From housing economist Tom Lawler:
While single-family home prices have recently soared and single-family rents appear to have accelerated, the “Owners’ equivalent rent of primary residence” index (OERPR) of the Consumer Price Index has shown no meaningful acceleration. The YOY gain in the OERPR in April was just 2.04%, about the same as in the previous three months.
The OERPR index attempts to measure what property owners would receive if they were to rent their home. While the “Rent of primary residence” index mainly (though not solely) reflects rents on multifamily properties, the OERPR index mainly (though not solely) reflects “imputed” rents on single-family homes. There are many issues with how the OERPR in calculated (there is an extensive literature on the subject), and many feel that that it is a lagging indicator of trends. However, it would appear as if (1) the OERPR is understating this measure of housing costs; and (2) the measure is likely to accelerate, probably significantly, during the remainder of the year.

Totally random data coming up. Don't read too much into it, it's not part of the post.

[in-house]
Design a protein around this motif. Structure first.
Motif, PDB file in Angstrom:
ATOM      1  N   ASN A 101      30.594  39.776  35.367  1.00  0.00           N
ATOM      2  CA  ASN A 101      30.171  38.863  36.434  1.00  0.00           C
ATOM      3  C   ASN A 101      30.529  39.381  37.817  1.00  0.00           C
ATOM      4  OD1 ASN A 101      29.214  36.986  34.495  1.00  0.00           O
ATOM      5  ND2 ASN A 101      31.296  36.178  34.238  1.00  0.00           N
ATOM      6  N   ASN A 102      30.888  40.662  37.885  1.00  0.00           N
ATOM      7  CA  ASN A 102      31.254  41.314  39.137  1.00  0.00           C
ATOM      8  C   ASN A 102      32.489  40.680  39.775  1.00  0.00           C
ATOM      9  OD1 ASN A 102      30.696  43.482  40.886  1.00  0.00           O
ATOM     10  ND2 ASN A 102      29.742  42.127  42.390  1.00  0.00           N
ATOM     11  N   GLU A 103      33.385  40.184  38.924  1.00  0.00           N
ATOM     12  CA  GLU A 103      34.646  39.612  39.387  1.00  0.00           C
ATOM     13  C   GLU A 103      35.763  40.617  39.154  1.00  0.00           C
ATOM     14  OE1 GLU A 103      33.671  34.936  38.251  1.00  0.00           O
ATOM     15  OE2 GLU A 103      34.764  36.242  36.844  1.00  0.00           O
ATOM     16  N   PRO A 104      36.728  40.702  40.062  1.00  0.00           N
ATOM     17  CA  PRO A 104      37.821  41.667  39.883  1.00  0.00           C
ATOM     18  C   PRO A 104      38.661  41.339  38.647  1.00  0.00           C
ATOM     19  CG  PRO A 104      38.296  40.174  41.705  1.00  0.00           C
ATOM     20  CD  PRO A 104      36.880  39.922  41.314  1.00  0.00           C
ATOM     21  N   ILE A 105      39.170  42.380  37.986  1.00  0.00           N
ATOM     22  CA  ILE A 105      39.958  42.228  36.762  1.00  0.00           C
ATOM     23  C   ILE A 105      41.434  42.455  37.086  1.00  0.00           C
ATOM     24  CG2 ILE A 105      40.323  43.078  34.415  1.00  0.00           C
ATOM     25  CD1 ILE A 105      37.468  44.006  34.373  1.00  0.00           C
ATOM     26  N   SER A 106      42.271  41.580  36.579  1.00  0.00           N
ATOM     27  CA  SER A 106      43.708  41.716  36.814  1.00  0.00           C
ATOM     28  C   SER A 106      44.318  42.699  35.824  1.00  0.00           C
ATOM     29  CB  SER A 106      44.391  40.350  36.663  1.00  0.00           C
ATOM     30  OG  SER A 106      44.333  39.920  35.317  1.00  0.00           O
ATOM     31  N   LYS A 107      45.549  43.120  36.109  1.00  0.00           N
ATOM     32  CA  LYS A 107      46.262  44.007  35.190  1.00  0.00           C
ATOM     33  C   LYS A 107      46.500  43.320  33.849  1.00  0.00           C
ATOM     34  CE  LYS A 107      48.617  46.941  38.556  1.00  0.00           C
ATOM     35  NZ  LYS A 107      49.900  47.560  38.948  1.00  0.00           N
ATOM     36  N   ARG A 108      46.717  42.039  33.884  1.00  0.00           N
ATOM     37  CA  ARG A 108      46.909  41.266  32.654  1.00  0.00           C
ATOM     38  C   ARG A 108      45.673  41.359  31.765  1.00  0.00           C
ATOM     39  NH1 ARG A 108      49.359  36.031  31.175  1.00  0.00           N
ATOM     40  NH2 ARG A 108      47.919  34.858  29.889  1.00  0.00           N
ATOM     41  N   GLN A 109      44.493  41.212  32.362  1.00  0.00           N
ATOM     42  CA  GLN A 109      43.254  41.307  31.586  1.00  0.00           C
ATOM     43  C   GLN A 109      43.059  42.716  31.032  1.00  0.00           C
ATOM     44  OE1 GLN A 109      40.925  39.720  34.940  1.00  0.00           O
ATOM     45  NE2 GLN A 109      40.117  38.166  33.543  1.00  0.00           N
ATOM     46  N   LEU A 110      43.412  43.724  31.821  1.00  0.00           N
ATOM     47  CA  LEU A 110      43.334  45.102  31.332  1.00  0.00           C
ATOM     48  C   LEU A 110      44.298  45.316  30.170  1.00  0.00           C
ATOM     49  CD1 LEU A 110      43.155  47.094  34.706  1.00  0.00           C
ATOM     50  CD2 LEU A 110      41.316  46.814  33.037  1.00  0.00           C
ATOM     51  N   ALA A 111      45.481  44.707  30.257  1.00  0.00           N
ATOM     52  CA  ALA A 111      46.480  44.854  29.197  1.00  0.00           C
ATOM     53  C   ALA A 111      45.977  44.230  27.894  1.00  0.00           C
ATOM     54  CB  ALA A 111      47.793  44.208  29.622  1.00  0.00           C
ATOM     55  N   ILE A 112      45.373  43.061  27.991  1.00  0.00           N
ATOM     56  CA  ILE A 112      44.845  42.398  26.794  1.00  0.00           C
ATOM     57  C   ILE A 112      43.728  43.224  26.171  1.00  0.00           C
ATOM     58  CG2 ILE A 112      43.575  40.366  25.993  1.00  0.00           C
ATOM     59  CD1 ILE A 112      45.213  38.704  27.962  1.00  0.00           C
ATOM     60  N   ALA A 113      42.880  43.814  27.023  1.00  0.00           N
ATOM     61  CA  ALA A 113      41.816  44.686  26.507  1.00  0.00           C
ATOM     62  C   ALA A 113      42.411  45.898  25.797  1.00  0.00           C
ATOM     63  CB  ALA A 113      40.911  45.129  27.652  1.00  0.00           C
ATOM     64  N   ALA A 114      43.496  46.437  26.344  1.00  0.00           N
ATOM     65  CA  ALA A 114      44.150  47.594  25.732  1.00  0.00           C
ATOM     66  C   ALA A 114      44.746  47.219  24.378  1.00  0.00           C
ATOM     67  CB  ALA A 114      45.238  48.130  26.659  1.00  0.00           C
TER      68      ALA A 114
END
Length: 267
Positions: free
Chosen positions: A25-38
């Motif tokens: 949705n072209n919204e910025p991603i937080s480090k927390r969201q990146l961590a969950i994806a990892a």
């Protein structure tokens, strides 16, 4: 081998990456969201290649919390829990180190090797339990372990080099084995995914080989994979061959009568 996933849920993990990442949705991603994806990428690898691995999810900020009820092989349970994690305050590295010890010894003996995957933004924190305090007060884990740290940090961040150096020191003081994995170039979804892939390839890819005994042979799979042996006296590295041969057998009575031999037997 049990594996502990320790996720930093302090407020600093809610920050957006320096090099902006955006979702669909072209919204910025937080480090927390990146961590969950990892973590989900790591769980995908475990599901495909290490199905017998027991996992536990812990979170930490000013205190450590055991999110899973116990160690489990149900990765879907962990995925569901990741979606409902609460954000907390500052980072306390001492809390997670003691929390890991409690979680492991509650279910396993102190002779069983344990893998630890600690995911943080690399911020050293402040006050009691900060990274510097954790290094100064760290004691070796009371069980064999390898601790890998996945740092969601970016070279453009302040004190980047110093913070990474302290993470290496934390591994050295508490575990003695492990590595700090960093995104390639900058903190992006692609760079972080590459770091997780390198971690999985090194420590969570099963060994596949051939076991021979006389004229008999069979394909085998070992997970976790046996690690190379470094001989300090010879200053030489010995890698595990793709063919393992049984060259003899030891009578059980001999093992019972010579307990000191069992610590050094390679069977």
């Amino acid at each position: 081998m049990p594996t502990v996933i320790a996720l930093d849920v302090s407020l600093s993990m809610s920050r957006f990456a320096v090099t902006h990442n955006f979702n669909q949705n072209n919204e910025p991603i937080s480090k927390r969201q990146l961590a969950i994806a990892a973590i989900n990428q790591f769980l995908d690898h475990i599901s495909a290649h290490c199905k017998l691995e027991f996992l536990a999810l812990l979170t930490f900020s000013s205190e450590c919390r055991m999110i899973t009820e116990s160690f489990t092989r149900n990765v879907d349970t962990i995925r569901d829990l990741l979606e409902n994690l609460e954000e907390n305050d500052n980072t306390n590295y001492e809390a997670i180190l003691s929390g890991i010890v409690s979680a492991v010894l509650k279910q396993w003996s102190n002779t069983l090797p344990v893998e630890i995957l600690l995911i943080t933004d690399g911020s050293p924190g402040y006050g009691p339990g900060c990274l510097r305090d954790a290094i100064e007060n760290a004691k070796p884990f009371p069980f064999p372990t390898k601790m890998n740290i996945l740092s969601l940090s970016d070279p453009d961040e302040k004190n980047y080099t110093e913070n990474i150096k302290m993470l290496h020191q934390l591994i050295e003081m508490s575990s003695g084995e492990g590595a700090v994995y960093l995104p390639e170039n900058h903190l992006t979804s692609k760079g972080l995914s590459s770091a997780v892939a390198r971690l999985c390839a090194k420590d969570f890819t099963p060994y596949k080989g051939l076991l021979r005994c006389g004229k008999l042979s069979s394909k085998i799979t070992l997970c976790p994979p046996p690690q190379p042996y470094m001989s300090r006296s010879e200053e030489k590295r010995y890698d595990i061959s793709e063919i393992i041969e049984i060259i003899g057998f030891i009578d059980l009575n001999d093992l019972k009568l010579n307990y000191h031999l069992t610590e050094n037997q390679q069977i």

The OERPR represents a little over 23% of the overall CPI and a little underx. 14% of the PCE price index.
CR Note: This will be something to watch.